Here are some of the samples I collected from the Oakland Conglomerate last month.
This rock is utterly and thoroughly brown, deeply brown with iron oxides. You can’t scrub it off—it’s brown all the way down. That reflects two facts: the matrix is iron-rich volcanic material and it’s been pervasively shattered and flushed with fluids under oxidizing conditions to let the iron out. The clasts—the bigger stones in the conglomerate—are beautifully rounded, presumably in a vigorous river or beach. But the setting of Oakland at this time, in the Cretaceous, was way offshore in a shallow sea. It appears that all this coarse material was carried offshore in underwater landslides and laid down in a deep series of sandstones and conglomerate beds.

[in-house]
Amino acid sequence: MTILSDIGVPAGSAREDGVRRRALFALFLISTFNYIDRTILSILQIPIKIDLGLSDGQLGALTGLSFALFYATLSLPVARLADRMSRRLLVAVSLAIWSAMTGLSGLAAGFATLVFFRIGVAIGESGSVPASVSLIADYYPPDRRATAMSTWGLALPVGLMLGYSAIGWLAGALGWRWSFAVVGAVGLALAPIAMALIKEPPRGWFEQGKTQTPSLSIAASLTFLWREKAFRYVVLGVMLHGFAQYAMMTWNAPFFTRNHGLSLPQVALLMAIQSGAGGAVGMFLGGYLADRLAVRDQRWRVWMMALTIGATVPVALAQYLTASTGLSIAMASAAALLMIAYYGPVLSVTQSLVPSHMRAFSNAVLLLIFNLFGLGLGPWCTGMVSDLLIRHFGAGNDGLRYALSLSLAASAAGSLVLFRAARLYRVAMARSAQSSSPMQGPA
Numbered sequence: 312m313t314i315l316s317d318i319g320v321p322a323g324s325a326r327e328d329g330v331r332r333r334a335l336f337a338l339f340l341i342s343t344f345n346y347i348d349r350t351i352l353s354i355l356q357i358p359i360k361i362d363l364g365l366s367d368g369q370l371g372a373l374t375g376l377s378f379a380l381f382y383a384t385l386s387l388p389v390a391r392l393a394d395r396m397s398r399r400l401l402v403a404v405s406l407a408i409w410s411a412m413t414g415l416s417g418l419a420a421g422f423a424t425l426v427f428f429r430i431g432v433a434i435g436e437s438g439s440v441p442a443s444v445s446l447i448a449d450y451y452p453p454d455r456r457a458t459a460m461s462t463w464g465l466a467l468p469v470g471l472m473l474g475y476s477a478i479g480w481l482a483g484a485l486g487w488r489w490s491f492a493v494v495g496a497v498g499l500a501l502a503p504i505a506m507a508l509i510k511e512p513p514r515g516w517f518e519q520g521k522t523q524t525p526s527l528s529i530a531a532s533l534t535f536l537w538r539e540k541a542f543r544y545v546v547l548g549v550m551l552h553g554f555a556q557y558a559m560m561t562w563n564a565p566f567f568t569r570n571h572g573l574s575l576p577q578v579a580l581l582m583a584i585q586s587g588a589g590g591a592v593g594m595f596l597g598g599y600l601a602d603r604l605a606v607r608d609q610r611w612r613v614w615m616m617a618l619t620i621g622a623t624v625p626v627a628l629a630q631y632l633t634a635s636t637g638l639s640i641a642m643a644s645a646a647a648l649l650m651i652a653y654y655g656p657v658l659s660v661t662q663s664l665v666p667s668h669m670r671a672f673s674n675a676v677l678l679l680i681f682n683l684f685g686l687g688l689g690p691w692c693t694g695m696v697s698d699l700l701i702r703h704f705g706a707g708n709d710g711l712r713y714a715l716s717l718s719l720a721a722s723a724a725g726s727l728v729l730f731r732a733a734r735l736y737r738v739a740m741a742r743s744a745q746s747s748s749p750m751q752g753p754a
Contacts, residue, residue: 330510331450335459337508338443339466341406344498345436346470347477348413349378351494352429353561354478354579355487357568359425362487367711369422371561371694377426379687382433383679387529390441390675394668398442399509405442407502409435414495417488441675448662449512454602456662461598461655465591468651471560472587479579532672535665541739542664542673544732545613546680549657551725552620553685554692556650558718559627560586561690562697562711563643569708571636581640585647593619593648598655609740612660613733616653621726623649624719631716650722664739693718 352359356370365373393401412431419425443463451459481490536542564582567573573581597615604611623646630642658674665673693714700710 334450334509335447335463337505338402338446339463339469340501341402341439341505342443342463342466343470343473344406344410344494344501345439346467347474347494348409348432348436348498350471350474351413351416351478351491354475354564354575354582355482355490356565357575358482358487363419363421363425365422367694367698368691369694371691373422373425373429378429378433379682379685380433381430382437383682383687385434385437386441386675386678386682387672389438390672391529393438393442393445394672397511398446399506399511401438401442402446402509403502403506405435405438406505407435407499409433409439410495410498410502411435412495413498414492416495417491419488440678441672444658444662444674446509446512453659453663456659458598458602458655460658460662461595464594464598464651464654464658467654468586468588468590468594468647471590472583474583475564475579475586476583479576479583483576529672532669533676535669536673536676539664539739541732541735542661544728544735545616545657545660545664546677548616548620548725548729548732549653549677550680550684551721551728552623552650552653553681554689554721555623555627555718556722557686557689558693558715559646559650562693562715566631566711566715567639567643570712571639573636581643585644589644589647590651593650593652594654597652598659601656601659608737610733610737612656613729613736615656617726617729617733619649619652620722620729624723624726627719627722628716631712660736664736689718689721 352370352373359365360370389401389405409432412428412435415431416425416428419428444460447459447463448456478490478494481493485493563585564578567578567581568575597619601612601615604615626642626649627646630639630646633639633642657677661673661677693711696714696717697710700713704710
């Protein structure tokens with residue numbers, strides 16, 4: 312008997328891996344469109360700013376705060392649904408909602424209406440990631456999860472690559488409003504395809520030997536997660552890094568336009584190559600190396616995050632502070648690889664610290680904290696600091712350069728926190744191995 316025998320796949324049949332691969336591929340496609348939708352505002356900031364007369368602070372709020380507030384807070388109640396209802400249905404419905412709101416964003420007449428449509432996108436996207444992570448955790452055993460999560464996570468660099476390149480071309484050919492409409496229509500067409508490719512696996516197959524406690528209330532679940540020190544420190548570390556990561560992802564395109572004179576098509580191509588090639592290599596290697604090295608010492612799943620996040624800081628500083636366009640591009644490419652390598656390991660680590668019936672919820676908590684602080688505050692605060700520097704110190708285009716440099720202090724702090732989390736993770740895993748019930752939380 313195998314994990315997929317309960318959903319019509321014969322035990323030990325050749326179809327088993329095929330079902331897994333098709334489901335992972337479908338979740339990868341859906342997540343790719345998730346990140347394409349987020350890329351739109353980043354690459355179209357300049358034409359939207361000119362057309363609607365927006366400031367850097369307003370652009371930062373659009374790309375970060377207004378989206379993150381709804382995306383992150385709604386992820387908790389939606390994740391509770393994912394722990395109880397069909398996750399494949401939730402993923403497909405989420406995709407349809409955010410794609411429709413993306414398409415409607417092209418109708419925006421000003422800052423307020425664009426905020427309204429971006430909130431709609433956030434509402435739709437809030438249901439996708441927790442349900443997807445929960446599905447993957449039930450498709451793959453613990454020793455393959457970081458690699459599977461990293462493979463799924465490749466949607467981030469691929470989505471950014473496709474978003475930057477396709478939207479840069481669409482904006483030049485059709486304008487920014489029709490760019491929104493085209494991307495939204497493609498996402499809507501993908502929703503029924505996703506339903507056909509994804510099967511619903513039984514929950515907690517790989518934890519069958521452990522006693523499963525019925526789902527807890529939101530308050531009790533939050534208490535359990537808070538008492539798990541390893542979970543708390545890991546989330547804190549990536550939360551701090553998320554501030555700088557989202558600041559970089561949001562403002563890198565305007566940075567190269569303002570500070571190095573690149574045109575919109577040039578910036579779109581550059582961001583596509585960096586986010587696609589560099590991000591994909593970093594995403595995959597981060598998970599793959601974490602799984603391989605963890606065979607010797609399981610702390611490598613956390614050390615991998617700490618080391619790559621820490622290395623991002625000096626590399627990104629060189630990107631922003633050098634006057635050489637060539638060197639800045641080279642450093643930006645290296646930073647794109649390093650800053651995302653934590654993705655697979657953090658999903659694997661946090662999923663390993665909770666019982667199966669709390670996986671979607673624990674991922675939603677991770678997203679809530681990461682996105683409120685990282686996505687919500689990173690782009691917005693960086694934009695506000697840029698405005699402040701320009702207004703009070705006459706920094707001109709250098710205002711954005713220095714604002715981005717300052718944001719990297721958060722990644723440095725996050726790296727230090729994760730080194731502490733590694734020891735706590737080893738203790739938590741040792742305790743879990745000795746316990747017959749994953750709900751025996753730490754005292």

Long after the conglomerate was laid down and lithified, the plate boundaries changed and the San Andreas fault system (including the Hayward fault) splintered coastal California and wrenched it northward, one earthquake at a time, for tens of millions of years. The forces of that time have crunched nearly every stone in the Oakland Conglomerate. Yet at the time these rocks were still deeply buried, and chemical action and pressure cemented the stones back together. The clasts are delicate, but intact. It’s impressive to imagine the force that shattered these hard stones like so many soda crackers. The next thing I want to do is open some of them with my hammer and see what the original lithologies are.